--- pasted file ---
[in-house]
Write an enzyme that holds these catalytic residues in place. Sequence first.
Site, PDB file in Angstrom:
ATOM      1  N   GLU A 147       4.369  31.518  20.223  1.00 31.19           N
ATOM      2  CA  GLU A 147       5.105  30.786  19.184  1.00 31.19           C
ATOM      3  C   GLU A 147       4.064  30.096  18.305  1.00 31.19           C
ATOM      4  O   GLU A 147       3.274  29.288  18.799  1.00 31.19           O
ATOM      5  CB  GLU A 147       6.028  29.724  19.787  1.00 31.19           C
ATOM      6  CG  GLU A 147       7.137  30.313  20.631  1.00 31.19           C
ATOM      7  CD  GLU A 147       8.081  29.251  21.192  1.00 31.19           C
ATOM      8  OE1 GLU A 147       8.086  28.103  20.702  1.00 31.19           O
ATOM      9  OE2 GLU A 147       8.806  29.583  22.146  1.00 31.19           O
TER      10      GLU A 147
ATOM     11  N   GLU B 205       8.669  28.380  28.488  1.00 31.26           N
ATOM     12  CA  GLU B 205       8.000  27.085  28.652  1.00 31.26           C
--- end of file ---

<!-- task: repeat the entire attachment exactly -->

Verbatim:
[in-house]
Write an enzyme that holds these catalytic residues in place. Sequence first.
Site, PDB file in Angstrom:
ATOM      1  N   GLU A 147       4.369  31.518  20.223  1.00 31.19           N
ATOM      2  CA  GLU A 147       5.105  30.786  19.184  1.00 31.19           C
ATOM      3  C   GLU A 147       4.064  30.096  18.305  1.00 31.19           C
ATOM      4  O   GLU A 147       3.274  29.288  18.799  1.00 31.19           O
ATOM      5  CB  GLU A 147       6.028  29.724  19.787  1.00 31.19           C
ATOM      6  CG  GLU A 147       7.137  30.313  20.631  1.00 31.19           C
ATOM      7  CD  GLU A 147       8.081  29.251  21.192  1.00 31.19           C
ATOM      8  OE1 GLU A 147       8.086  28.103  20.702  1.00 31.19           O
ATOM      9  OE2 GLU A 147       8.806  29.583  22.146  1.00 31.19           O
TER      10      GLU A 147
ATOM     11  N   GLU B 205       8.669  28.380  28.488  1.00 31.26           N
ATOM     12  CA  GLU B 205       8.000  27.085  28.652  1.00 31.26           C